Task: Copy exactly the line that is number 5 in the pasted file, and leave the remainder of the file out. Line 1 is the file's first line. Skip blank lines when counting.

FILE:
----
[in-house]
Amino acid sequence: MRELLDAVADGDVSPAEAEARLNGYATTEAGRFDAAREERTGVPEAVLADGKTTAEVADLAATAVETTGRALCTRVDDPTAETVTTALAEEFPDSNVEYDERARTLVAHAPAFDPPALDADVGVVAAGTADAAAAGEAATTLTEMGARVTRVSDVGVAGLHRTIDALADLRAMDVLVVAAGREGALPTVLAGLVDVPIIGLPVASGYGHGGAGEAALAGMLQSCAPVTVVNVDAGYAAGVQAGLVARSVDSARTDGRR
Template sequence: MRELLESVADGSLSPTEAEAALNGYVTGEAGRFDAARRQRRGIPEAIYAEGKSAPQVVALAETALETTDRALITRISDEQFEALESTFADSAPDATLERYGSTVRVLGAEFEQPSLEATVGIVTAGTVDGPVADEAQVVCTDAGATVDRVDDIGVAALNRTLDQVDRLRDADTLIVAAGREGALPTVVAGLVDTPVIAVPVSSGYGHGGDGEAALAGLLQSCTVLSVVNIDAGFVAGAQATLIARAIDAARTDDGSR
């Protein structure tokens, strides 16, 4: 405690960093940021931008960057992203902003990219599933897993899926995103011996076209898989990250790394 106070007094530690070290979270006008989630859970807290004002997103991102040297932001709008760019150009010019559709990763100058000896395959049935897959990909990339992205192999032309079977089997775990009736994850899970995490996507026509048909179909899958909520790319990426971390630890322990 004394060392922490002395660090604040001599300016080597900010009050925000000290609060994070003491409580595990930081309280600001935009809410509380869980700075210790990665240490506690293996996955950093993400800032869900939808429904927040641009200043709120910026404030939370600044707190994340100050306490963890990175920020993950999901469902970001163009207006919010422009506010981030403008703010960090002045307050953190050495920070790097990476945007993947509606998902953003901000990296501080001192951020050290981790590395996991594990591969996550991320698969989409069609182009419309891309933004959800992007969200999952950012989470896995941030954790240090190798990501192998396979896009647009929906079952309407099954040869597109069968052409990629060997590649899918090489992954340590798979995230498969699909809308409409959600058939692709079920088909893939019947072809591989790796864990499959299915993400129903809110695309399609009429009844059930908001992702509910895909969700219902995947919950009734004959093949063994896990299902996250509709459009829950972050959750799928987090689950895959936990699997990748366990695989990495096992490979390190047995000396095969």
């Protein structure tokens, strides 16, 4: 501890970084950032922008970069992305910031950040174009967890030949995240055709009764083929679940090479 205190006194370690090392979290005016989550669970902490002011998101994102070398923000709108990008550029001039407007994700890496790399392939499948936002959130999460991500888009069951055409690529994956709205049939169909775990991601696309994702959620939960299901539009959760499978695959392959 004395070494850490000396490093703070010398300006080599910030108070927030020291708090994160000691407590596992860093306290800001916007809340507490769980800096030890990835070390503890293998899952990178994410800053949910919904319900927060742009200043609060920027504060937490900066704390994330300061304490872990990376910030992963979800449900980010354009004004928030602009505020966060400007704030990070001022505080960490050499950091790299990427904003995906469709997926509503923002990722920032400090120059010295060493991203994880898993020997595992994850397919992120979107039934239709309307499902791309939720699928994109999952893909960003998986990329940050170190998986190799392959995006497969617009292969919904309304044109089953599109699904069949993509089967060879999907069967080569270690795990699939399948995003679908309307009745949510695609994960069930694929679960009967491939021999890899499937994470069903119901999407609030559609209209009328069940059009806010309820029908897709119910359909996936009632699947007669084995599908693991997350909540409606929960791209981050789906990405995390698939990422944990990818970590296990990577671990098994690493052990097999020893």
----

């Protein structure tokens, strides 16, 4: 501890970084950032922008970069992305910031950040174009967890030949995240055709009764083929679940090479 205190006194370690090392979290005016989550669970902490002011998101994102070398923000709108990008550029001039407007994700890496790399392939499948936002959130999460991500888009069951055409690529994956709205049939169909775990991601696309994702959620939960299901539009959760499978695959392959 004395070494850490000396490093703070010398300006080599910030108070927030020291708090994160000691407590596992860093306290800001916007809340507490769980800096030890990835070390503890293998899952990178994410800053949910919904319900927060742009200043609060920027504060937490900066704390994330300061304490872990990376910030992963979800449900980010354009004004928030602009505020966060400007704030990070001022505080960490050499950091790299990427904003995906469709997926509503923002990722920032400090120059010295060493991203994880898993020997595992994850397919992120979107039934239709309307499902791309939720699928994109999952893909960003998986990329940050170190998986190799392959995006497969617009292969919904309304044109089953599109699904069949993509089967060879999907069967080569270690795990699939399948995003679908309307009745949510695609994960069930694929679960009967491939021999890899499937994470069903119901999407609030559609209209009328069940059009806010309820029908897709119910359909996936009632699947007669084995599908693991997350909540409606929960791209981050789906990405995390698939990422944990990818970590296990990577671990098994690493052990097999020893």